NPR: What Does A Song That Costs $5 Sound Like

Last Thursday, I received a phone call from Laura Sydell. As soon as I picked up the phone and she stated her name, I immediately recognized both her name and her voice. As a regular listener to National Public Radio, Laura’s reporting is familiar to me. She told me that the Consumer Electronics Association had given my name to her regarding a piece she was doing on high-end audio…and that the particular focus would be on my friend and fellow pioneer in the world of high-end audio Cookie Marenco. Laura wanted to include my perspective in the segment and asked if I would be willing to be interviewed later that day. Of course, I agreed.

Laure sent me an email describing an iPhone app that NPR (and I’m sure other use as well) uses to record the audio of the interview using an iPhone and then deliver it via the net to her. That made sense to me, so I attempted to download the application and install it on my aging iPhone 4. No luck. It seems I needed to have iOS 4.3 and my phone hadn’t been upgraded to that version. I’ve always figured that if it’s working then I should leave well enough alone. After all this particular iPhone has been through both the washer and the dryer in my home…. and survived. It’s miraculous, I know…but it’s true. I did have to take it apart and replace the battery but the unit is still working today.

I scrambled for the better part of an hour trying to back up the phone and complete the upgrade to no avail. When Laura called me that afternoon, I informed her that I could record the interview using my iPhone but would have to put it on an FTP site because I couldn’t get the application on my phone. I told I thought I could handle it because I am an audio engineer. She agreed.

While I wished the story were about the emerging world of high-resolution audio (given the announcements by the CEA and Sony the week before), it turned out to be a piece featuring Blue Coast Records founder and engineer Cookie Marenco. I had seen Cookie at the California Audio Show back in early August and noticed that she was doing some live recording and playback demonstrations using Sony’s DSD format.

The article was a promotional piece about DSD as a new high-resolution download format. Blue Coast Records is making available DSD 64 and 128 at their download site. The sidebar of the article provided links to one track of Cookie’s in a variety of formats including DSD 64|128 and PCM at 96 kHz/24-bits.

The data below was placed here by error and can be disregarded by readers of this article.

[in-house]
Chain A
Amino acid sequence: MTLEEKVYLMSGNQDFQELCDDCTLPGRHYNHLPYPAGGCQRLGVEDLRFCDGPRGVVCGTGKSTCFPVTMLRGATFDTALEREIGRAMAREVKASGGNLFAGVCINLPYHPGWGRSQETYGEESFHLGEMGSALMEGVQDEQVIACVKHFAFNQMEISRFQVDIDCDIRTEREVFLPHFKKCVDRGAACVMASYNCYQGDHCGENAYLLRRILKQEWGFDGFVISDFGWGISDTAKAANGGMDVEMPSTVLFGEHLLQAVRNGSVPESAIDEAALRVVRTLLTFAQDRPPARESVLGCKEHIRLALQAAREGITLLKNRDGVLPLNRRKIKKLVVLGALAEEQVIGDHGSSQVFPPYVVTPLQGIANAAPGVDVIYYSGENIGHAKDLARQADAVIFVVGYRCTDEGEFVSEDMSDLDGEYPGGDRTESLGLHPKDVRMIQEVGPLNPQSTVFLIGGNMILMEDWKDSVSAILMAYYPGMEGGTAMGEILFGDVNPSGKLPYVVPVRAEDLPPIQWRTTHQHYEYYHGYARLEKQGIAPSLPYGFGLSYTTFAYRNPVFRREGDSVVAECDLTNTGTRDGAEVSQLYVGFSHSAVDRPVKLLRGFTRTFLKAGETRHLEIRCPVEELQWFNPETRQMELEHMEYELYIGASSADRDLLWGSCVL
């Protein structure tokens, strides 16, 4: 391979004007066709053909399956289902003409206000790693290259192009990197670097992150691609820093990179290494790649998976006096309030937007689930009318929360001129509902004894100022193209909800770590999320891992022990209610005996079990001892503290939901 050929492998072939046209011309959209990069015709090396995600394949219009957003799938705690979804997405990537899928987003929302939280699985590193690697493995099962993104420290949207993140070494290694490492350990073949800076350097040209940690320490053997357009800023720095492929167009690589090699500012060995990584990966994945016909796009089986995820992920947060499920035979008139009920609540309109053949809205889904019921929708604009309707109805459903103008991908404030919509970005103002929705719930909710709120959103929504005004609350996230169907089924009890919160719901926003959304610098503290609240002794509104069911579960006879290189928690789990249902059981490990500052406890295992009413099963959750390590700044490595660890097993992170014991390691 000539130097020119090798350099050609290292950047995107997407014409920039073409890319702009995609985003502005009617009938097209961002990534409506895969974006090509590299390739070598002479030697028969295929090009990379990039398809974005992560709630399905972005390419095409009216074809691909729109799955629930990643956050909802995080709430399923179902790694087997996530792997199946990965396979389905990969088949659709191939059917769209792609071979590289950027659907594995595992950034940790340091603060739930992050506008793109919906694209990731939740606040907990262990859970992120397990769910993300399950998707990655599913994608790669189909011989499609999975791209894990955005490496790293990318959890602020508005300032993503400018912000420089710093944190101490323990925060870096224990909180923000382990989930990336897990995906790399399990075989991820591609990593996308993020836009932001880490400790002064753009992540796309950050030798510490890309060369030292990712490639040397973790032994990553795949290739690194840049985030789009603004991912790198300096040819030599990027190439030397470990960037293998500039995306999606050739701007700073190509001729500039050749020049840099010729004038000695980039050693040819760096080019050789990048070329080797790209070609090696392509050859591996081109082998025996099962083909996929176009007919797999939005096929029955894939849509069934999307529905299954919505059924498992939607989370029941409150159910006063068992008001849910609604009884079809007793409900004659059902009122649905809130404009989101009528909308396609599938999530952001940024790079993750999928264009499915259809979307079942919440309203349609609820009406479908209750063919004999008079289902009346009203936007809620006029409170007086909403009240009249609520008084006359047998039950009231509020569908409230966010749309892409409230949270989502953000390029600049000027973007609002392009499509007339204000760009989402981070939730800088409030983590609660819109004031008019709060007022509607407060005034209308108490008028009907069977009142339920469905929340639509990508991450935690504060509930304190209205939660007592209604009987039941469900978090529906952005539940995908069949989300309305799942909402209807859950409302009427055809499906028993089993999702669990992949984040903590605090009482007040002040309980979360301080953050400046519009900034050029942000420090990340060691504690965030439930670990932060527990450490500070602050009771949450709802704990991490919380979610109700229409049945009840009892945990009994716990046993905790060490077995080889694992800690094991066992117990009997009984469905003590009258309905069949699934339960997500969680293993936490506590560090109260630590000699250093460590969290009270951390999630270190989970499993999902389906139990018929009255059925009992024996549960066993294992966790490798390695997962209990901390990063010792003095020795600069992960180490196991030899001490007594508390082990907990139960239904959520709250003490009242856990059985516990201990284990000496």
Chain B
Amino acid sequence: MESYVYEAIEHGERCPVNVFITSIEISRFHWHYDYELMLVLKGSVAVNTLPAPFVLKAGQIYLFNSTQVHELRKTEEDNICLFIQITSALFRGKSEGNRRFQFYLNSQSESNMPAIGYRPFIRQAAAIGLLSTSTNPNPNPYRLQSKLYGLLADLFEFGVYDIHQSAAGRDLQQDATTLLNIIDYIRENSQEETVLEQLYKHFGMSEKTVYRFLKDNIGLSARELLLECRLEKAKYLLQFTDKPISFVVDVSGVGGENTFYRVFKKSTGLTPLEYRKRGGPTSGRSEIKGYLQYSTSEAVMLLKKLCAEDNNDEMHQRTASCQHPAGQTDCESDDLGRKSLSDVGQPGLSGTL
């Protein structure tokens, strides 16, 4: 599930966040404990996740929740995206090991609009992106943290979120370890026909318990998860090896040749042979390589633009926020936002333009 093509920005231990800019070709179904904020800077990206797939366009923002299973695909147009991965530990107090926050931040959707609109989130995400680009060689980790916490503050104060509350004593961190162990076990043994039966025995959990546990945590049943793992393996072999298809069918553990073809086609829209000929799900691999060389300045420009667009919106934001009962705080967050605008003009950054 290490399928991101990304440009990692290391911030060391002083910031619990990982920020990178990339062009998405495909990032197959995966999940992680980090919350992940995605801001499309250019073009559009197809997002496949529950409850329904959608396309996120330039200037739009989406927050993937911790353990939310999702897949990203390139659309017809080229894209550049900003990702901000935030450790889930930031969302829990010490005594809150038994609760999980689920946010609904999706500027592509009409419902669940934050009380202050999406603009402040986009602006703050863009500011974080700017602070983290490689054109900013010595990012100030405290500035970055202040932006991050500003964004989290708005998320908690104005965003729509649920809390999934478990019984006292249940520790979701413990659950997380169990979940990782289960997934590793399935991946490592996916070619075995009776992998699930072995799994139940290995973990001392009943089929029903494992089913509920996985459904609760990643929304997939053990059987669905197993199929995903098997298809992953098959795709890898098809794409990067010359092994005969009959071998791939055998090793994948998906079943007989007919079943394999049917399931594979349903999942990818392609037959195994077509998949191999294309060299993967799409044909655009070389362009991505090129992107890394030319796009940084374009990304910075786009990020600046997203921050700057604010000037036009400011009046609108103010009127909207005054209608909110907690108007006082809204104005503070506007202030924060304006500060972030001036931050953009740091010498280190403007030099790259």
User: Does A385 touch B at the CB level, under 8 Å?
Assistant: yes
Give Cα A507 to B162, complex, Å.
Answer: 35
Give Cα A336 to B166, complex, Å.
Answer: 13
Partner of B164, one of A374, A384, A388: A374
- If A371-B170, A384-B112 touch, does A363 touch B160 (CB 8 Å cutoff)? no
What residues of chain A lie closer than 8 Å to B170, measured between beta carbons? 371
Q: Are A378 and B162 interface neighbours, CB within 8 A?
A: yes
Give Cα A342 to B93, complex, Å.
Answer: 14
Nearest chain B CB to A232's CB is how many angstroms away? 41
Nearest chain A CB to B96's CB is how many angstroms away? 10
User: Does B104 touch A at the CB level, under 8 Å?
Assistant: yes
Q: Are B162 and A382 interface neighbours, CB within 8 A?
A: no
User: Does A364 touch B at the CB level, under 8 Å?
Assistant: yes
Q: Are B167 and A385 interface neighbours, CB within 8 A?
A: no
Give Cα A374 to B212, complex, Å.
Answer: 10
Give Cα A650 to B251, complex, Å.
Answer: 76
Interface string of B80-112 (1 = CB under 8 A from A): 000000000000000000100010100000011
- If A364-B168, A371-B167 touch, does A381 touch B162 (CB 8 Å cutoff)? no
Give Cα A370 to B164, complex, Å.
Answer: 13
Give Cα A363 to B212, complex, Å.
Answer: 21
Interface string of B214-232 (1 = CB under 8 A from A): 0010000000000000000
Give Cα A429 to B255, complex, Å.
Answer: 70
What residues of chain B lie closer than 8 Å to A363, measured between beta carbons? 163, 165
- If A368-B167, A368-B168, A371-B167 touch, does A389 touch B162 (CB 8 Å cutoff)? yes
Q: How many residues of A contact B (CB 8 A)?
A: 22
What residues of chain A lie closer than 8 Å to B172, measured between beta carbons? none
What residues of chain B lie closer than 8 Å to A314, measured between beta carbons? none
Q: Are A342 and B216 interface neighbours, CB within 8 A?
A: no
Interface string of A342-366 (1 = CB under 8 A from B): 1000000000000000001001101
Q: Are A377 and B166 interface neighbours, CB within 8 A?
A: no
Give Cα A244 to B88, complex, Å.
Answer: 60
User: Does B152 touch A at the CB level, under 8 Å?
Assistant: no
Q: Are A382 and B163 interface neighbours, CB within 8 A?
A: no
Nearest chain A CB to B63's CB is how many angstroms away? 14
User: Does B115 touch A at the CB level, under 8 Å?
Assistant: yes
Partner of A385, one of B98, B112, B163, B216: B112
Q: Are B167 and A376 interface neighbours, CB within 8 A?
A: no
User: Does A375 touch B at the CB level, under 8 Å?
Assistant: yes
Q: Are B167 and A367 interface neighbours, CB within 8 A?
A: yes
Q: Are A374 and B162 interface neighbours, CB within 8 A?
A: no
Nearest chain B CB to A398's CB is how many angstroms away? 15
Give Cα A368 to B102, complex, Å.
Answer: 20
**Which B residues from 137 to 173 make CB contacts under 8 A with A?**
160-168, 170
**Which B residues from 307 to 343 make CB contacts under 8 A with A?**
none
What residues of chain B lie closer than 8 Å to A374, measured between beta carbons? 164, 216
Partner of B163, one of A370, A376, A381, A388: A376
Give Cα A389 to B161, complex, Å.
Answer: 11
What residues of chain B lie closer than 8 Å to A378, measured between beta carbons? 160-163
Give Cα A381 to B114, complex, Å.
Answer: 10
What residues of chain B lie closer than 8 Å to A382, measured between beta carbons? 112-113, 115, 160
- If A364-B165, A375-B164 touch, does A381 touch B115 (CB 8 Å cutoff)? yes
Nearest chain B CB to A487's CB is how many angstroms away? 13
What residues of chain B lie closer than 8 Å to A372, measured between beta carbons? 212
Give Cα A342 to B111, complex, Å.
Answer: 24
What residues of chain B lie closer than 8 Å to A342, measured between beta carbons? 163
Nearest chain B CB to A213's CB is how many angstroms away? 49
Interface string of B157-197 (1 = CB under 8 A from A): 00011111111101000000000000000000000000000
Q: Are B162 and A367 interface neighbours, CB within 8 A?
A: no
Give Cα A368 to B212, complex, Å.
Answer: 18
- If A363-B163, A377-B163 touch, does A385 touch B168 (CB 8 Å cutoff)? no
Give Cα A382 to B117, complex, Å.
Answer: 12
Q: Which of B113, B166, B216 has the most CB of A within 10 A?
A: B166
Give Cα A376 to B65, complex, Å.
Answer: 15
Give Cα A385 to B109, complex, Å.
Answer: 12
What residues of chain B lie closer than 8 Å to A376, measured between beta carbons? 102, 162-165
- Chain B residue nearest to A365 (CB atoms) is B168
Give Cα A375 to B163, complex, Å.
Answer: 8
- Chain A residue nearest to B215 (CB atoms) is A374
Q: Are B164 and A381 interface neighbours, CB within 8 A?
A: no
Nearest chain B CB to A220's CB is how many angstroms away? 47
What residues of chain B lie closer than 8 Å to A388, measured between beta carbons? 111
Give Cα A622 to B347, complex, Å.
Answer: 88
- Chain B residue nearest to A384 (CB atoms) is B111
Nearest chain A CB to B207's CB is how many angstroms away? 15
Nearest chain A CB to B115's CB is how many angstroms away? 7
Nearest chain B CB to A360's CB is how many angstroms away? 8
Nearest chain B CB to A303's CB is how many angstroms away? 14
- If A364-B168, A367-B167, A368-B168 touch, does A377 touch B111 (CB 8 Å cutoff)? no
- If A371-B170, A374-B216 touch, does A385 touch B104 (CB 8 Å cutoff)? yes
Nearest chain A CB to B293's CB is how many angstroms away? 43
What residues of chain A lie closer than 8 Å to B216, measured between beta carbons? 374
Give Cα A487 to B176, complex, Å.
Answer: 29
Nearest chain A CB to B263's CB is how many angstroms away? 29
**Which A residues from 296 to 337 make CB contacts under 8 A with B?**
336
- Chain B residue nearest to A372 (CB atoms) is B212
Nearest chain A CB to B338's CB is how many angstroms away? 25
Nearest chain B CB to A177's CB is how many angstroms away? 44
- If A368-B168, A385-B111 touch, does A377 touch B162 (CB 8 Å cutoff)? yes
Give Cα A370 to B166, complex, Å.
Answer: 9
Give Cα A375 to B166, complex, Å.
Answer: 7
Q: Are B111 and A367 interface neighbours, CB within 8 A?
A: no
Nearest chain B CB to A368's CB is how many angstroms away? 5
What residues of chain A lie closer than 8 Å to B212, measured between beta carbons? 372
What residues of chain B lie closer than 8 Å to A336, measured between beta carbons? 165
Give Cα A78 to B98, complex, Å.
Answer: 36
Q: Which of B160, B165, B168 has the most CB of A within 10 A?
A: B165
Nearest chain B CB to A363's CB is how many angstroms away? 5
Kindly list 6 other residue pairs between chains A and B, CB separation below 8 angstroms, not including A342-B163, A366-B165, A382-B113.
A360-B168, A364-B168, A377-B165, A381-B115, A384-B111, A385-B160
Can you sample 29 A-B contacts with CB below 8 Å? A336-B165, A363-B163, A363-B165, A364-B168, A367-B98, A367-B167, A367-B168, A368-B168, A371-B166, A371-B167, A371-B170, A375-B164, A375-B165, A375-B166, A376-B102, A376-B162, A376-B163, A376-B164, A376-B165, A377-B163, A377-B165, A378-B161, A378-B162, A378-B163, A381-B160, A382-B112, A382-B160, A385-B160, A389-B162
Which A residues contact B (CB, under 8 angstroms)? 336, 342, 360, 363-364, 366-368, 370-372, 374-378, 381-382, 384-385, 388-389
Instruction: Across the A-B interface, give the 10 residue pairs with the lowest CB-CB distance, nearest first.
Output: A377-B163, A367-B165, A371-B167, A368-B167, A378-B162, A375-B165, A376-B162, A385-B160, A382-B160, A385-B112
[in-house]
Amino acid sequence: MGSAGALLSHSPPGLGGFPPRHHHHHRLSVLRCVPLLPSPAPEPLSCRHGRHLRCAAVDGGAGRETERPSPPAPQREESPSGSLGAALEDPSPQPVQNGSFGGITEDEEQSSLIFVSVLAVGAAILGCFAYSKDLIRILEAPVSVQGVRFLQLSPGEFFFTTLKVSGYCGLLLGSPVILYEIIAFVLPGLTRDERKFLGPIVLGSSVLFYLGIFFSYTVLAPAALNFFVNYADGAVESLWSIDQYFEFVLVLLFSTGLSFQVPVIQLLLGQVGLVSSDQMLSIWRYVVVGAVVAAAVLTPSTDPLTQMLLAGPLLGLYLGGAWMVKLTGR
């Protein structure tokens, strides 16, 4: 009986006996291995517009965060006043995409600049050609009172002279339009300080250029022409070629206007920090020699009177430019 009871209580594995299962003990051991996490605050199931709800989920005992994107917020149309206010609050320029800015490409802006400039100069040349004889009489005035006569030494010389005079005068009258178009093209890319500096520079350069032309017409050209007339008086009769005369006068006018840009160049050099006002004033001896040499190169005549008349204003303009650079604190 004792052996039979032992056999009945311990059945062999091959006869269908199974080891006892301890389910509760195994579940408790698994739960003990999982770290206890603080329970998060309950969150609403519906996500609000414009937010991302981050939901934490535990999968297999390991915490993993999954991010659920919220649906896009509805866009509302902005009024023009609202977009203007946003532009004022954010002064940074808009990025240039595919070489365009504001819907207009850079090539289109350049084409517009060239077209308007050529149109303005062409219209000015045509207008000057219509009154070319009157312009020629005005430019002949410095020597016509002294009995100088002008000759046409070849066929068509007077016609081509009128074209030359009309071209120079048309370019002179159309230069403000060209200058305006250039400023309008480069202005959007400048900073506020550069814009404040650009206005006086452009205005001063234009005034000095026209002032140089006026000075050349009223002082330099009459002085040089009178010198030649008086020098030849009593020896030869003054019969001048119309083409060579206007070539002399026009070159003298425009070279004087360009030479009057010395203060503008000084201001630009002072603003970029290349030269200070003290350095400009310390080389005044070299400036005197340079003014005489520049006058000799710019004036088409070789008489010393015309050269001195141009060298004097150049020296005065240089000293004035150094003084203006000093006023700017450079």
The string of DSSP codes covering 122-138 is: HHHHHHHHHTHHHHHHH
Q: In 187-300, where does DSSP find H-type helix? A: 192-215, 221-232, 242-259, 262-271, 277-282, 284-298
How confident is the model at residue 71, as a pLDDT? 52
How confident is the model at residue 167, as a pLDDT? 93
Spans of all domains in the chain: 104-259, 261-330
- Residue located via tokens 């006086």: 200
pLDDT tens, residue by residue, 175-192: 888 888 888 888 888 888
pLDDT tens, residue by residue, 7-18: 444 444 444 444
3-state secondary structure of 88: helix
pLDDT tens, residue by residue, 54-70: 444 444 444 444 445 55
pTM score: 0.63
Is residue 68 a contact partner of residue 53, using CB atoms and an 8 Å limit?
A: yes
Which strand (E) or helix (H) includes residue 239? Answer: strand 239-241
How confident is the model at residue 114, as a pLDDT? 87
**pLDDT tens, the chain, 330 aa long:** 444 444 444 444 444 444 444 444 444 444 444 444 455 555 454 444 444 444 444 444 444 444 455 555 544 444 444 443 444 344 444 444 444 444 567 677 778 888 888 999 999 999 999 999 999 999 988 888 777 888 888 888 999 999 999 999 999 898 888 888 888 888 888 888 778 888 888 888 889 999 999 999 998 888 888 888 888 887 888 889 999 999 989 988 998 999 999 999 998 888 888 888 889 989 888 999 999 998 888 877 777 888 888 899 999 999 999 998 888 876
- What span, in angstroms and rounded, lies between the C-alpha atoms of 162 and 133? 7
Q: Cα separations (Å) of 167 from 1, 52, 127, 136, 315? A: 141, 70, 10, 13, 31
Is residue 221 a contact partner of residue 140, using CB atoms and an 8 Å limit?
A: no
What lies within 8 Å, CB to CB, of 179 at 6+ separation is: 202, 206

dsd_npr_blue_coast

Figure 1 – From the Blue Coast Records Website showing the file sizes of the various formats. This doesn’t equate to the fidelity of the files BTW.

If you visit the Blue Coast Records website, you can register for an account and acquire the files. The artist is Keith Greeninger, a wonderful singer/songwriter. The entire album is available at the Blue Coast Records website. The CD version, which is provided on a CD-R using 24K gold blanks, will set you back $40. That’s a lot for a standard resolution 44.1 kHz/16-bit PCM disc but it seems Cookie has a well-heeled clientele.

The DSD downloads on Cookie’s DownloadsNow site cost $1.50 for the 44(sic)kHz version, $3.00 for the 96 kHz/24-bit version and $4.00 for the DSD version. I didn’t see the entire album on the site but if it’s got the usual 12 tracks, the DSD downloaded album will set you back almost $50. I appreciate the sentiment that Starbucks created a premium coffee market and charges a lot for a cup of coffee, but honestly this is a lot of money for a single album. I always come back to my own Blu-ray productions which have multiple mixes in real HD-Audio, lots of features and full HD-Video of the entire session…and they retail for $35!

I’ll continue my thoughts on the NPR piece tomorrow and provide the spectragraphs of the files that I’ve downloaded. I can tell you that the track sounds wonderful and I like the tunes, but…

Dr. AIX

Mark Waldrep, aka Dr. AIX, has been producing and engineering music for over 40 years. He learned electronics as a teenager from his HAM radio father while learning to play the guitar. Mark received the first doctorate in music composition from UCLA in 1986 for a "binaural" electronic music composition. Other advanced degrees include an MS in computer science, an MFA/MA in music, BM in music and a BA in art. As an engineer and producer, Mark has worked on projects for the Rolling Stones, 311, Tool, KISS, Blink 182, Blues Traveler, Britney Spears, the San Francisco Symphony, The Dover Quartet, Willie Nelson, Paul Williams, The Allman Brothers, Bad Company and many more. Dr. Waldrep has been an innovator when it comes to multimedia and music. He created the first enhanced CDs in the 90s, the first DVD-Videos released in the U.S., the first web-connected DVD, the first DVD-Audio title, the first music Blu-ray disc and the first 3D Music Album. Additionally, he launched the first High Definition Music Download site in 2007 called iTrax.com. A frequency speaker at audio events, author of numerous articles, Dr. Waldrep is currently writing a book on the production and reproduction of high-end music called, "High-End Audio: A Practical Guide to Production and Playback". The book should be completed in the fall of 2013.

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